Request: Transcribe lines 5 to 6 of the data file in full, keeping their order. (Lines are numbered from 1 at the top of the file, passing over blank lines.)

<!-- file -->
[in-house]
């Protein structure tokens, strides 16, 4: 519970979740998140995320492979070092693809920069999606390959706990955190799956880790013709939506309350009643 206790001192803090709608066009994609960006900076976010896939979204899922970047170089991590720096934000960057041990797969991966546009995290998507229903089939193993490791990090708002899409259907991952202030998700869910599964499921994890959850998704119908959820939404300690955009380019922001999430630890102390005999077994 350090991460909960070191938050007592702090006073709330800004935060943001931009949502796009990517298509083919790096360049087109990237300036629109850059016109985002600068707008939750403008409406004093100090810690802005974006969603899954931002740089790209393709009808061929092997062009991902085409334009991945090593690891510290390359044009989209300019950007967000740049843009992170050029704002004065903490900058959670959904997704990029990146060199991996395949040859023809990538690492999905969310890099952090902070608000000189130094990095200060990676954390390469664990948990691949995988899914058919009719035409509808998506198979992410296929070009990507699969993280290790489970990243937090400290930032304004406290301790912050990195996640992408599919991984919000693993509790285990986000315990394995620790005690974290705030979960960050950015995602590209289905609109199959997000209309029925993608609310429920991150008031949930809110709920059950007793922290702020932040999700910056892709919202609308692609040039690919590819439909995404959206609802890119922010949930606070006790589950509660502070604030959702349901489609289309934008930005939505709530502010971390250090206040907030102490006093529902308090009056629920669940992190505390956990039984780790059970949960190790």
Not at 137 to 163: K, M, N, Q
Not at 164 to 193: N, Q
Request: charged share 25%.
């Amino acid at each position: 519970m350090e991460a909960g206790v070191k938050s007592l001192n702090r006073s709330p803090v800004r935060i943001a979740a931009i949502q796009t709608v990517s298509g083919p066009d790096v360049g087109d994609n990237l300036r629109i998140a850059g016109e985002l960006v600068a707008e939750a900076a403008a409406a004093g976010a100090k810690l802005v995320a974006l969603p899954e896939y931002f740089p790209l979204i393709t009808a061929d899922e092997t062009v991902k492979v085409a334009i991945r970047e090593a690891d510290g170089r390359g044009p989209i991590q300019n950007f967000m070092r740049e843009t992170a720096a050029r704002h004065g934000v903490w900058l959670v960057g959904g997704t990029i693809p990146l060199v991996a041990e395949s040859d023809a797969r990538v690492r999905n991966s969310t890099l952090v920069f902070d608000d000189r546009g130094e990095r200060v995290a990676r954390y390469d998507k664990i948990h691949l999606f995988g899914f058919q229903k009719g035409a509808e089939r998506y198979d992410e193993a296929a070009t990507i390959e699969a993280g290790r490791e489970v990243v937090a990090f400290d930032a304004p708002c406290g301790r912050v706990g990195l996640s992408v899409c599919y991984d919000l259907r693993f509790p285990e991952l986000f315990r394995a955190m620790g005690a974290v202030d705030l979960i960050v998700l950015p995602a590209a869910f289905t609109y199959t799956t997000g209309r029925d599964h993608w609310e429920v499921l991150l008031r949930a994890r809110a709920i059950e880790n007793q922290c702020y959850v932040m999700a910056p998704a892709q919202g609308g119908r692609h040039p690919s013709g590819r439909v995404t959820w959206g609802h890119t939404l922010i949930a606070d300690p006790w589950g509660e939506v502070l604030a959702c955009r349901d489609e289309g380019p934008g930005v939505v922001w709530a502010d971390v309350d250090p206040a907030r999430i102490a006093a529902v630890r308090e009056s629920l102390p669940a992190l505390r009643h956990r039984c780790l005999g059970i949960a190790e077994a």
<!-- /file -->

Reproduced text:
Request: charged share 25%.
């Amino acid at each position: 519970m350090e991460a909960g206790v070191k938050s007592l001192n702090r006073s709330p803090v800004r935060i943001a979740a931009i949502q796009t709608v990517s298509g083919p066009d790096v360049g087109d994609n990237l300036r629109i998140a850059g016109e985002l960006v600068a707008e939750a900076a403008a409406a004093g976010a100090k810690l802005v995320a974006l969603p899954e896939y931002f740089p790209l979204i393709t009808a061929d899922e092997t062009v991902k492979v085409a334009i991945r970047e090593a690891d510290g170089r390359g044009p989209i991590q300019n950007f967000m070092r740049e843009t992170a720096a050029r704002h004065g934000v903490w900058l959670v960057g959904g997704t990029i693809p990146l060199v991996a041990e395949s040859d023809a797969r990538v690492r999905n991966s969310t890099l952090v920069f902070d608000d000189r546009g130094e990095r200060v995290a990676r954390y390469d998507k664990i948990h691949l999606f995988g899914f058919q229903k009719g035409a509808e089939r998506y198979d992410e193993a296929a070009t990507i390959e699969a993280g290790r490791e489970v990243v937090a990090f400290d930032a304004p708002c406290g301790r912050v706990g990195l996640s992408v899409c599919y991984d919000l259907r693993f509790p285990e991952l986000f315990r394995a955190m620790g005690a974290v202030d705030l979960i960050v998700l950015p995602a590209a869910f289905t609109y199959t799956t997000g209309r029925d599964h993608w609310e429920v499921l991150l008031r949930a994890r809110a709920i059950e880790n007793q922290c702020y959850v932040m999700a910056p998704a892709q919202g609308g119908r692609h040039p690919s013709g590819r439909v995404t959820w959206g609802h890119t939404l922010i949930a606070d300690p006790w589950g509660e939506v502070l604030a959702c955009r349901d489609e289309g380019p934008g930005v939505v922001w709530a502010d971390v309350d250090p206040a907030r999430i102490a006093a529902v630890r308090e009056s629920l102390p669940a992190l505390r009643h956990r039984c780790l005999g059970i949960a190790e077994a």